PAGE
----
News and Press Releases

Honduran Woman Charged with Identity Theft

   
July 19, 2012

HOUSTON - A two-count federal indictment has been returned charging Honduran national Glenda Yamileth Carranza-Gomez, 32, for falsely and willfully representing herself to be a citizen of the United States and aggravated identity theft, United States Attorney Kenneth Magidson announced today. The indictment was returned Wednesday and Carranza-Gomez was taken into custody this afternoon.

She is expected to make an initial appearance before U.S. Magistrate Judge George C. Hanks thus afternoon or tomorrow.  

The indictment indicates that on March 26, 2008, Glenda Yamileth Carranza-Gomez presented a Texas identification card, Social Security number and date of birth of the victim, a U.S. citizen from Puerto Rico, when applying for state benefits, not only holding herself out as being a citizen of the United States but using the identity of another person. Carranza-Gomez subsequently assumed the identify of this person dating back to 1998, and from this day forward, bearing two children and receiving government issued benefits under her assumed identity, according to the charges.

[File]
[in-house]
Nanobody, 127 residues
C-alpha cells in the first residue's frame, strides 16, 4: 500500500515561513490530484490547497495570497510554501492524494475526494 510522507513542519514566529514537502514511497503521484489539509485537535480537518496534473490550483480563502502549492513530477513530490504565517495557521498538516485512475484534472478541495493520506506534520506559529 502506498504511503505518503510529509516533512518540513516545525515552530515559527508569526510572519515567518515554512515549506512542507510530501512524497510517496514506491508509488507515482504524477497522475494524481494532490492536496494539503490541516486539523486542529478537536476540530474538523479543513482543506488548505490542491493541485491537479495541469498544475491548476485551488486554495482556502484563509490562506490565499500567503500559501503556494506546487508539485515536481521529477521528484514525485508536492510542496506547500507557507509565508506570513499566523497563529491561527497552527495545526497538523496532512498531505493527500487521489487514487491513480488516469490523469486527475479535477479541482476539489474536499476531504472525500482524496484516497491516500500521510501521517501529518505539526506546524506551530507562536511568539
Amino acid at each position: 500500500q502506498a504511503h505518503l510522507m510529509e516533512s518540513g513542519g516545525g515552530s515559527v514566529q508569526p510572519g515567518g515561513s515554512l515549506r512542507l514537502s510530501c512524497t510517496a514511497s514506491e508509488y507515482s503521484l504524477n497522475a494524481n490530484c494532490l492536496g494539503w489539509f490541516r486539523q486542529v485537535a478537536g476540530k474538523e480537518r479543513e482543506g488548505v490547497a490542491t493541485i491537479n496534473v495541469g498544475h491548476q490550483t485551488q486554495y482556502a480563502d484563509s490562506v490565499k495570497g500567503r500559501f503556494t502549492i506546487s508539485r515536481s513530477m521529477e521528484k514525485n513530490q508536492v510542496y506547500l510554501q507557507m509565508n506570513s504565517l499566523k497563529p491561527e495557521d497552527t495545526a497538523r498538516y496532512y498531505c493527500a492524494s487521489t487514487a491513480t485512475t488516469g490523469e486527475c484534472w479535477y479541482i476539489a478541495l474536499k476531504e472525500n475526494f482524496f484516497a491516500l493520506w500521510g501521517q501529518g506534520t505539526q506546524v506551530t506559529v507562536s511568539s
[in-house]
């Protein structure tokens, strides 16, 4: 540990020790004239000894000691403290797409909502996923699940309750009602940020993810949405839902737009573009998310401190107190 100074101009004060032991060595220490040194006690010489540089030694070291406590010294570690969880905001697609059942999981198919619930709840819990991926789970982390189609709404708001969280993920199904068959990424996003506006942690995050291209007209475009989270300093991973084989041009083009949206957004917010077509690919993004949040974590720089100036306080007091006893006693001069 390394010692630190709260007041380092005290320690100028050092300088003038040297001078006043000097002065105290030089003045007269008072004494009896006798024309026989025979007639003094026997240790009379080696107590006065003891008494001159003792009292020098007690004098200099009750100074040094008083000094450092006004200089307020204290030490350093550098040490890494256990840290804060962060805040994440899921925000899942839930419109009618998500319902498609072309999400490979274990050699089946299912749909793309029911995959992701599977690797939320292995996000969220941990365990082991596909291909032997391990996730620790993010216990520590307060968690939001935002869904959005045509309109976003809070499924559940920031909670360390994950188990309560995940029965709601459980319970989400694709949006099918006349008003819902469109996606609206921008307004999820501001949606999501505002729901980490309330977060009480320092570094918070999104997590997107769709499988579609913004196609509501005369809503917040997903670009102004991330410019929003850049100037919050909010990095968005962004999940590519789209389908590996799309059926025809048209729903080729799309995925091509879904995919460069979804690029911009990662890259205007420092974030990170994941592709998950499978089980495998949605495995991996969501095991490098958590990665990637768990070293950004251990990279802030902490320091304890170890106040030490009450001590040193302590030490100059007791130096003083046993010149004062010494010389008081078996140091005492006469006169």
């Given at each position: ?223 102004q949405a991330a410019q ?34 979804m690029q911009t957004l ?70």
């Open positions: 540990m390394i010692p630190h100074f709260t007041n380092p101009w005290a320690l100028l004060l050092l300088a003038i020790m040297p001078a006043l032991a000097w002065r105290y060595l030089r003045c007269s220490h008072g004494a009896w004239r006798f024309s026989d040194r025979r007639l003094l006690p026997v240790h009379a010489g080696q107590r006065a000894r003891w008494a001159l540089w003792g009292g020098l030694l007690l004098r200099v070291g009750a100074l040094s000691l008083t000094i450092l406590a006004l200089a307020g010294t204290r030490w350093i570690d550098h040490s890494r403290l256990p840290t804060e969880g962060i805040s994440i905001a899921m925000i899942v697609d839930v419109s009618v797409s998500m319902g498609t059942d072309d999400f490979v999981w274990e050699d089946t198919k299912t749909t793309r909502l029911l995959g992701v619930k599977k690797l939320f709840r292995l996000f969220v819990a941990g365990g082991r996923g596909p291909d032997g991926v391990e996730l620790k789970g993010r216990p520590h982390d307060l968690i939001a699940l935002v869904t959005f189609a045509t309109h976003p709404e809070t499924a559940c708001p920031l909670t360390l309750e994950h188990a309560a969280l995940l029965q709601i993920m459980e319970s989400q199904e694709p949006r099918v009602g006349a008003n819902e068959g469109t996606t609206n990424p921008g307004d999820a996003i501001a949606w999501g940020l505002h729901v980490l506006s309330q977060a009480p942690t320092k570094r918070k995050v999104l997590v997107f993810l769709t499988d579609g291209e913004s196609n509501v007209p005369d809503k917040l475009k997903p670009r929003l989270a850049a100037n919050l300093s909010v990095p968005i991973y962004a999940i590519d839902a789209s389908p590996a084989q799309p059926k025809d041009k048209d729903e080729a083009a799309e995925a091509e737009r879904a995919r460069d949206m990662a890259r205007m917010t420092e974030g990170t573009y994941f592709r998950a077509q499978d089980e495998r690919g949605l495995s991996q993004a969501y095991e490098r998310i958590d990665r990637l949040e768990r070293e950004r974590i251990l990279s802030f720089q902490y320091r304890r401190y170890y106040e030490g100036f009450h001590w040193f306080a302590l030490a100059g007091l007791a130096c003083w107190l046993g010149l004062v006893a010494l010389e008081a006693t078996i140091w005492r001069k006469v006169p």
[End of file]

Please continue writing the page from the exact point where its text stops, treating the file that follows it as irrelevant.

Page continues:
The true person, whose identity was allegedly being used by Carranza-Gomez, was taken into custody for having outstanding traffic tickets for driving without a license and failure to maintain insurance. She consequently had to spend three days in a Houston jail as a result of these violations, allegedly caused by actions actually caused by Carranza-Gomez.

Carranza-Gomez faces up to three years in prison and a $250,000 fine upon conviction of the false citizenship claims as well as a possible mandatory two-year consecutive sentence for the identity theft charges, upon conviction.  

The case was investigated by the United States Postal Inspection Services, Homeland Security Investigations and the SSA-Office of Inspector General. Assistant U.S. Attorney Suzanne Elmilady is prosecuting the case.

A complaint or indictment is a formal accusation of criminal conduct, not evidence.
A defendant is presumed innocent unless convicted through due process of law.

 

 

 

 

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